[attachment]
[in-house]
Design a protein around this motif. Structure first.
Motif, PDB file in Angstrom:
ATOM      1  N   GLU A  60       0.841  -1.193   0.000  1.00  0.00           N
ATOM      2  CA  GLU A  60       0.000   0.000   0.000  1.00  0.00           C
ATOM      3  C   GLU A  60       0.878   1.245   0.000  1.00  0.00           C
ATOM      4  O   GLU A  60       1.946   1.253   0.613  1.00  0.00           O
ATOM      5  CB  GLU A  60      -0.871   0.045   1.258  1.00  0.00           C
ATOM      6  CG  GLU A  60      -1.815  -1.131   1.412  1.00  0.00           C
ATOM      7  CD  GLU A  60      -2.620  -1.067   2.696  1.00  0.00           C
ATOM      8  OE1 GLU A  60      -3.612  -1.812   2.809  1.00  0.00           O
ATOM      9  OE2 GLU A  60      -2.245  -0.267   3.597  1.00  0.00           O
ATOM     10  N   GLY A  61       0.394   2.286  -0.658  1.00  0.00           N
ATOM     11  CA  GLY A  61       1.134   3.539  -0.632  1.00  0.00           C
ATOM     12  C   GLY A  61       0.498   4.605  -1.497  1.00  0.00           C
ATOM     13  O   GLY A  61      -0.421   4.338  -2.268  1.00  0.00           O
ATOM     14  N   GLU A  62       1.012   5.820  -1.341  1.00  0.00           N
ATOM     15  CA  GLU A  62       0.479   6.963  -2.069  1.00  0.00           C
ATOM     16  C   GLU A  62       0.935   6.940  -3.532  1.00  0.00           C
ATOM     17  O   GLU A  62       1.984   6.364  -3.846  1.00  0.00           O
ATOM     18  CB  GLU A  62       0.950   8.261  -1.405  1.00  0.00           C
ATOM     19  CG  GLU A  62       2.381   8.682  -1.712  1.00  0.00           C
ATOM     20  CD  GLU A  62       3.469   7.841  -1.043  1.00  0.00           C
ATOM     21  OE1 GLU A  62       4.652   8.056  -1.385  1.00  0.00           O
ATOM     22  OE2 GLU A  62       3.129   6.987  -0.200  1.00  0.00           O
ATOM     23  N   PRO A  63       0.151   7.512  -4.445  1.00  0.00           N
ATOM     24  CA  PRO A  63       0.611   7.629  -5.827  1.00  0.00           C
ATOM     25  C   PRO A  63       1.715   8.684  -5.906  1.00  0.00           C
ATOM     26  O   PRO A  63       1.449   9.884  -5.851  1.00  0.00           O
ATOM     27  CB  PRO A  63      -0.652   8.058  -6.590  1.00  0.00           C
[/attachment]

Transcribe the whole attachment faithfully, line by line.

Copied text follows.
[in-house]
Design a protein around this motif. Structure first.
Motif, PDB file in Angstrom:
ATOM      1  N   GLU A  60       0.841  -1.193   0.000  1.00  0.00           N
ATOM      2  CA  GLU A  60       0.000   0.000   0.000  1.00  0.00           C
ATOM      3  C   GLU A  60       0.878   1.245   0.000  1.00  0.00           C
ATOM      4  O   GLU A  60       1.946   1.253   0.613  1.00  0.00           O
ATOM      5  CB  GLU A  60      -0.871   0.045   1.258  1.00  0.00           C
ATOM      6  CG  GLU A  60      -1.815  -1.131   1.412  1.00  0.00           C
ATOM      7  CD  GLU A  60      -2.620  -1.067   2.696  1.00  0.00           C
ATOM      8  OE1 GLU A  60      -3.612  -1.812   2.809  1.00  0.00           O
ATOM      9  OE2 GLU A  60      -2.245  -0.267   3.597  1.00  0.00           O
ATOM     10  N   GLY A  61       0.394   2.286  -0.658  1.00  0.00           N
ATOM     11  CA  GLY A  61       1.134   3.539  -0.632  1.00  0.00           C
ATOM     12  C   GLY A  61       0.498   4.605  -1.497  1.00  0.00           C
ATOM     13  O   GLY A  61      -0.421   4.338  -2.268  1.00  0.00           O
ATOM     14  N   GLU A  62       1.012   5.820  -1.341  1.00  0.00           N
ATOM     15  CA  GLU A  62       0.479   6.963  -2.069  1.00  0.00           C
ATOM     16  C   GLU A  62       0.935   6.940  -3.532  1.00  0.00           C
ATOM     17  O   GLU A  62       1.984   6.364  -3.846  1.00  0.00           O
ATOM     18  CB  GLU A  62       0.950   8.261  -1.405  1.00  0.00           C
ATOM     19  CG  GLU A  62       2.381   8.682  -1.712  1.00  0.00           C
ATOM     20  CD  GLU A  62       3.469   7.841  -1.043  1.00  0.00           C
ATOM     21  OE1 GLU A  62       4.652   8.056  -1.385  1.00  0.00           O
ATOM     22  OE2 GLU A  62       3.129   6.987  -0.200  1.00  0.00           O
ATOM     23  N   PRO A  63       0.151   7.512  -4.445  1.00  0.00           N
ATOM     24  CA  PRO A  63       0.611   7.629  -5.827  1.00  0.00           C
ATOM     25  C   PRO A  63       1.715   8.684  -5.906  1.00  0.00           C
ATOM     26  O   PRO A  63       1.449   9.884  -5.851  1.00  0.00           O
ATOM     27  CB  PRO A  63      -0.652   8.058  -6.590  1.00  0.00           C